Rolling Stone has a great article on music sales and how Wal-Mart is changing the economic landscape for labels:
"[M]aking sure Wal-Mart is happy remains one of the music industry's major priorities. That's because if Wal-Mart cut back on music, industry sales would suffer severely -- though Wal-Mart's shareholders would barely bat an eye. While Wal-Mart represents nearly twenty percent of major-label music sales, music represents only about two percent of Wal-Mart's total sales. 'If they got out of selling music, it would mean nothing to them,' says another label executive. 'This keeps me awake at night.'
... Gary Severson, Wal-Mart's senior vice president and general merchandise manager in charge of the chain's entertainment section, did allude to the dispute about music prices. 'The labels price things based on what they believe they can get -- a pricing philosophy a lot of industries have,' he says. 'But we like to price things as cheaply as we possibly can, rather than charge as much as we can get. It's a big difference in philosophy, and we try to help other people see that.'
Wal-Mart appears to have far more leverage than all the music labels combined when it comes to pricing. Wal-Mart is 20% of music sales in the US -- music labels believe their CDs must be carried by Wal-Mart to be multi-million copy hits.
However, only 2% of Wal-Mart's sales come to music, so Wal-Mart could tell the labels to drop dead if it chose.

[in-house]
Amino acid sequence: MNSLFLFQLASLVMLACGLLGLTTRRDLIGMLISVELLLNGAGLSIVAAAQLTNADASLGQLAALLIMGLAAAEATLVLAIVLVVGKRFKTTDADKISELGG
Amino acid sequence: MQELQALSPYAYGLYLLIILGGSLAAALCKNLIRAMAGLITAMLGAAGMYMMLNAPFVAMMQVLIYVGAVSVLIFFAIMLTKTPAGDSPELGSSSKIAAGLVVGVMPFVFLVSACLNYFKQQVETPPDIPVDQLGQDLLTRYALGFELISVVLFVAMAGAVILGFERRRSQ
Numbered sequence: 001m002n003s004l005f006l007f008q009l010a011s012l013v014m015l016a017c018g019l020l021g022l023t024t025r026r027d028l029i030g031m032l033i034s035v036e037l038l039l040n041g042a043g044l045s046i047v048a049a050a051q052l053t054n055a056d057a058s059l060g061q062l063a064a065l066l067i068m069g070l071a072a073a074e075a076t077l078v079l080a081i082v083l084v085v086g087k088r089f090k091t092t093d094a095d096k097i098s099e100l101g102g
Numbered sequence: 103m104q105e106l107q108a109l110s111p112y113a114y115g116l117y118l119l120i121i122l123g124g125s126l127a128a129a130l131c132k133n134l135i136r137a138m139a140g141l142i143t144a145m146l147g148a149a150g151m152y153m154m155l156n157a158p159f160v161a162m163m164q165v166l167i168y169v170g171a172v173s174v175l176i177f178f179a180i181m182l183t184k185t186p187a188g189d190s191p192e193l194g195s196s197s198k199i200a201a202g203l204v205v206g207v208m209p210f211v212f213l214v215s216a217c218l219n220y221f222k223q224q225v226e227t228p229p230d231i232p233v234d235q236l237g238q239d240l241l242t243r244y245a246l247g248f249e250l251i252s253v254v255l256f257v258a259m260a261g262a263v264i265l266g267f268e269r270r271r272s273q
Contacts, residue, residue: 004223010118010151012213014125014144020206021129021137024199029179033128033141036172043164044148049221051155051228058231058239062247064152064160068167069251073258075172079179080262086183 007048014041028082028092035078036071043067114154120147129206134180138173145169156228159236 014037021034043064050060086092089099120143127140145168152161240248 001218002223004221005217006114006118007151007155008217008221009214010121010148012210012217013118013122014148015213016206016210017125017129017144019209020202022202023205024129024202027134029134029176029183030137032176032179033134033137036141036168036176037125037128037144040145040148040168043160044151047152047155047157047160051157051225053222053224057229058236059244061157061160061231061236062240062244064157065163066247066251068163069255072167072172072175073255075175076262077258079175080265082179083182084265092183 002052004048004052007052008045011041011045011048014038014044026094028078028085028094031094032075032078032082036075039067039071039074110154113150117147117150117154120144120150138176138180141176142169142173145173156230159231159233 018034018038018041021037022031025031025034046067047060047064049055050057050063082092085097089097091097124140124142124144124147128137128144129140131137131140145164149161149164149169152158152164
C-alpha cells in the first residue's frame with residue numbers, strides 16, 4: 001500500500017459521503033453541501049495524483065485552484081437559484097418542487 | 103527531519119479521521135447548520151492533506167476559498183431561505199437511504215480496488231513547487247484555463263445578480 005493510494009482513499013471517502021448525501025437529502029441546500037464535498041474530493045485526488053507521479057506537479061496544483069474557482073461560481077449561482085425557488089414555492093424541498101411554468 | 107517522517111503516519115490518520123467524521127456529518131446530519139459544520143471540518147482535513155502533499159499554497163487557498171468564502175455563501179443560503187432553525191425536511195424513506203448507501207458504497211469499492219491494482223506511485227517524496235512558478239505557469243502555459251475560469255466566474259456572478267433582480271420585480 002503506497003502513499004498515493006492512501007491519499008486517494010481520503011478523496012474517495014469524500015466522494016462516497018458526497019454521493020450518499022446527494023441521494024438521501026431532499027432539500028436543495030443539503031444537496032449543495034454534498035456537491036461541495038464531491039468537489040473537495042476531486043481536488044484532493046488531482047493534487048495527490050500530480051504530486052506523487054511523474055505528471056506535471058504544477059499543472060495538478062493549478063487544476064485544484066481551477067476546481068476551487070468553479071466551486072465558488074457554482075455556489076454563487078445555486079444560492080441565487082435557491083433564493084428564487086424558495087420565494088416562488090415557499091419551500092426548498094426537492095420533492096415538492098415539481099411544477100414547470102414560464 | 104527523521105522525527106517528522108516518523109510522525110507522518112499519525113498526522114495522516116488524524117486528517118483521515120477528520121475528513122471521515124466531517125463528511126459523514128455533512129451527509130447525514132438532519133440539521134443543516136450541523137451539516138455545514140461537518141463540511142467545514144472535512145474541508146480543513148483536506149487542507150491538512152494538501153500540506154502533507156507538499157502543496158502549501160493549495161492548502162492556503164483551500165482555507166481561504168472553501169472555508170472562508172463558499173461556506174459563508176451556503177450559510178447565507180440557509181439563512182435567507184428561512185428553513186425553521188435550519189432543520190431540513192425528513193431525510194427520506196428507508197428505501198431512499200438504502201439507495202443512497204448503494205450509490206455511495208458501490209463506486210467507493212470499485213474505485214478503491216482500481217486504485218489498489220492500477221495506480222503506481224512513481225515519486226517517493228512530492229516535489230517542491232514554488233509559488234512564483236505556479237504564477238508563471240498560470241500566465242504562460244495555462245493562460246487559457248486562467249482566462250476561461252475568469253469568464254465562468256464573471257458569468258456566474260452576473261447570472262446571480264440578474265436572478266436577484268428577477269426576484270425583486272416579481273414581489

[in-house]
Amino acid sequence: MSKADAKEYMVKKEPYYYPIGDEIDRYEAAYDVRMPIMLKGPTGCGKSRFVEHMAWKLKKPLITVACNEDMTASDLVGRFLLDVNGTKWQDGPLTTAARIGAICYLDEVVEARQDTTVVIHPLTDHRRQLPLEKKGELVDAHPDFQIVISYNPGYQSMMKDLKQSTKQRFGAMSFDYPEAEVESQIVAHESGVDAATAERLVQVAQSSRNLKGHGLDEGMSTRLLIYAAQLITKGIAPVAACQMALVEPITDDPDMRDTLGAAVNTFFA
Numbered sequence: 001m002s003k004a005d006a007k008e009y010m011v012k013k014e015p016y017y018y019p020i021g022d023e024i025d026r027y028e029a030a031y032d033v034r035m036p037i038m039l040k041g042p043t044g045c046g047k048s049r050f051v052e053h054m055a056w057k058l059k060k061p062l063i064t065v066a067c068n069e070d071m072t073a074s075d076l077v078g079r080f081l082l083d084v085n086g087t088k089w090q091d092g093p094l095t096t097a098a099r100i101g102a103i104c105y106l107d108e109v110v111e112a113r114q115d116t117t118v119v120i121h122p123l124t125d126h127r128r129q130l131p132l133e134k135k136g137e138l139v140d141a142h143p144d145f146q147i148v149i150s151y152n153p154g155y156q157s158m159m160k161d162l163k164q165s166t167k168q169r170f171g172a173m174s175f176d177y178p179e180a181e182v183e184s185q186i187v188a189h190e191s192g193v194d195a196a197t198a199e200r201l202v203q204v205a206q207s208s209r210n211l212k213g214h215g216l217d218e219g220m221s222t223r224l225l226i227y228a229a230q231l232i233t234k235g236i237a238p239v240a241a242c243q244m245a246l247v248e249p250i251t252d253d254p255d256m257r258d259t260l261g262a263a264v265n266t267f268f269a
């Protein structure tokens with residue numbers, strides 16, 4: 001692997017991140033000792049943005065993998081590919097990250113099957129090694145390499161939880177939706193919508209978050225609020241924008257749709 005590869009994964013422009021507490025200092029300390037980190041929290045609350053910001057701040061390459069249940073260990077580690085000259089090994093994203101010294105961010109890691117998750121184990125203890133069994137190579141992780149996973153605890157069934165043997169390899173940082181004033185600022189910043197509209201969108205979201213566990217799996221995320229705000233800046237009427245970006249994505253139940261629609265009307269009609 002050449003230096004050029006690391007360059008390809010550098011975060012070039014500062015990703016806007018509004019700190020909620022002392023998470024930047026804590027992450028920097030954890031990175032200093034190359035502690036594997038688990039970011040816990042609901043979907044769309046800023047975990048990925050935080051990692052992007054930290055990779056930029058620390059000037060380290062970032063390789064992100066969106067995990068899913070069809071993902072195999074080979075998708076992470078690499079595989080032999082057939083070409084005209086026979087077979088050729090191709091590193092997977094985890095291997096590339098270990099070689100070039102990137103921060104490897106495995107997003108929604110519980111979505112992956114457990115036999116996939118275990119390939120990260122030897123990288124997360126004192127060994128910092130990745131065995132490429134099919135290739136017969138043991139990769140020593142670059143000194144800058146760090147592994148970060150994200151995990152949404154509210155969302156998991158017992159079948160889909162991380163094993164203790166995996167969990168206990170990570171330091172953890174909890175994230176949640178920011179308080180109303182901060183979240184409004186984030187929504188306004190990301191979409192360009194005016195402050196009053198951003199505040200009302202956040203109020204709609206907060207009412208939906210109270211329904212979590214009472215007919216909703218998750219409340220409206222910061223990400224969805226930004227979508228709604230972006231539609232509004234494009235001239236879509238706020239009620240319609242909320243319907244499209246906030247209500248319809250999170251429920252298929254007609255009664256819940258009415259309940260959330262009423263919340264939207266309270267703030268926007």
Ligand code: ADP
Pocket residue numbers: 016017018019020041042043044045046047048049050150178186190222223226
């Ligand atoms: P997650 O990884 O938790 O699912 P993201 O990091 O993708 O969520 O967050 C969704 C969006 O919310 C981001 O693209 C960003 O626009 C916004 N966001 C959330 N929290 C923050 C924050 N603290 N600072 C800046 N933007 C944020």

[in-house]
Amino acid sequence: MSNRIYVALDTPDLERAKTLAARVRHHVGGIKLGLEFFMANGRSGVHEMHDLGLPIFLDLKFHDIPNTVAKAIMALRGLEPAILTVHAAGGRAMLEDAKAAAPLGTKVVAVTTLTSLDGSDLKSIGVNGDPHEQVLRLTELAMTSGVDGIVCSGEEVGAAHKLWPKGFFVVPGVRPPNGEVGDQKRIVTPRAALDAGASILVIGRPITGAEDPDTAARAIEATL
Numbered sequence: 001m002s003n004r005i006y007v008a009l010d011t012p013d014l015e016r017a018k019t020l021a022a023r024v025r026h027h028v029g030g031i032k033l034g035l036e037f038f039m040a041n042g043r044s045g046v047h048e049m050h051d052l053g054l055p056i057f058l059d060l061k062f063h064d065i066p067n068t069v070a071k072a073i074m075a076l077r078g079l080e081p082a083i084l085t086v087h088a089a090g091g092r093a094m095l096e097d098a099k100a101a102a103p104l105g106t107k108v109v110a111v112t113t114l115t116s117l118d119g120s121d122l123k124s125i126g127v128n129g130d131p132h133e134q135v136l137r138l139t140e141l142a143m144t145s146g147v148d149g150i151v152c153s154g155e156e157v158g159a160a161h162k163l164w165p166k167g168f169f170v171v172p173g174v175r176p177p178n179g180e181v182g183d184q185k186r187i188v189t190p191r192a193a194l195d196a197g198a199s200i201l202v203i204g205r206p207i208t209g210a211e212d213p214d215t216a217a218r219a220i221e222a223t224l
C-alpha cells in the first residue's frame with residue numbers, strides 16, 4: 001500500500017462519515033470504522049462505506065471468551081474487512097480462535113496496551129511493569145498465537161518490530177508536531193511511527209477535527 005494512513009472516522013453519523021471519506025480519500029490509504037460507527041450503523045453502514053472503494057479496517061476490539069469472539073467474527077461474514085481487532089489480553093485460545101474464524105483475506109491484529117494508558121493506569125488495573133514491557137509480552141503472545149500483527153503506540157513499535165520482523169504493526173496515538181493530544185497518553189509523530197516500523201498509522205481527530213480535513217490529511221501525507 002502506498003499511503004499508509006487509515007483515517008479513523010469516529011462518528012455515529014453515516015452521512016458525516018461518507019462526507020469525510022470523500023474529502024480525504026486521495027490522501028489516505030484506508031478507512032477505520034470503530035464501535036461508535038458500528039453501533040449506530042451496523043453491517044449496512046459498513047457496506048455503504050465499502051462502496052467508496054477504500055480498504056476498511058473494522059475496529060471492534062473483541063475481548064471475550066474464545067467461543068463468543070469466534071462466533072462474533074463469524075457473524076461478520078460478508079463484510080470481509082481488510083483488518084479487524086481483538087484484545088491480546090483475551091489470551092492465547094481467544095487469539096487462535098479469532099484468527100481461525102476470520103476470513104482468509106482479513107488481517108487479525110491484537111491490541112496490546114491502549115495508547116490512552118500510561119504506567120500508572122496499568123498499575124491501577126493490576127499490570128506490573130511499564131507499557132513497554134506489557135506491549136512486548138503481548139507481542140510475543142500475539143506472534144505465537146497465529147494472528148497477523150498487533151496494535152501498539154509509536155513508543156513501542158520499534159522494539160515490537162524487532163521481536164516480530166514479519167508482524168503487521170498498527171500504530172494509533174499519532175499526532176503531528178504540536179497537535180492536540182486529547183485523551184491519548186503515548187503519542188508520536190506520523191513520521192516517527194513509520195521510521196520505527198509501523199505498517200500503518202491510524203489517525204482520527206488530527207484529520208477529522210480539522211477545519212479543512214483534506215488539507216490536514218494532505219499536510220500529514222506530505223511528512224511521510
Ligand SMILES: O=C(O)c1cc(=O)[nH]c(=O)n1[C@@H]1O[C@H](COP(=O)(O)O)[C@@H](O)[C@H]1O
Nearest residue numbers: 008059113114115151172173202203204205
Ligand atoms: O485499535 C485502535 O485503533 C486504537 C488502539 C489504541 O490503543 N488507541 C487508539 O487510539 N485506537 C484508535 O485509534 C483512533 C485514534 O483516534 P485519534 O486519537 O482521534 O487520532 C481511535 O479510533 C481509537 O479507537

At least, that's what the labels think. But it's possible that Wal-Mart's position is weaker than the labels realize.
By cutting music sales, Wal-Mart would lose customers who are drawn in by CDs. Not just any customers, but the high-profit ones -- the ones who buy stereos, electronics, and other new-fangled high-margin gewgaws.
Second, by cutting music sales, Wal-Mart stores could become less efficient and more expensive to operate. Here's how; the 2% in music sales is high-turnover, and each CD takes a tiny amount of shelf space. Cutting into music sales would lower inventory turnover, a key Wal-Mart metric, while forcing Wal-Mart to put something in the shelf-space now empty of music, and whatever it is, it is likely to sit on the shelves longer, take up more room, and just be a dog compared to CDs. This would increase Wal-Mart's inventory costs (it would have lower margin or lower turnover items replacing music) which would in turn hurt its stock price.
At the same time these internal problems are occuring, Wal-Mart's dropping music or only carrying a fraction of its current music titles, would give its competitors (Target, K-Mart) an enormous advantage.
If I were a major label exec, I would would persuade the other labels of Wal-Mart's weak position and suggest strongly that I intended to call Wal-Mart's bluff if pressed.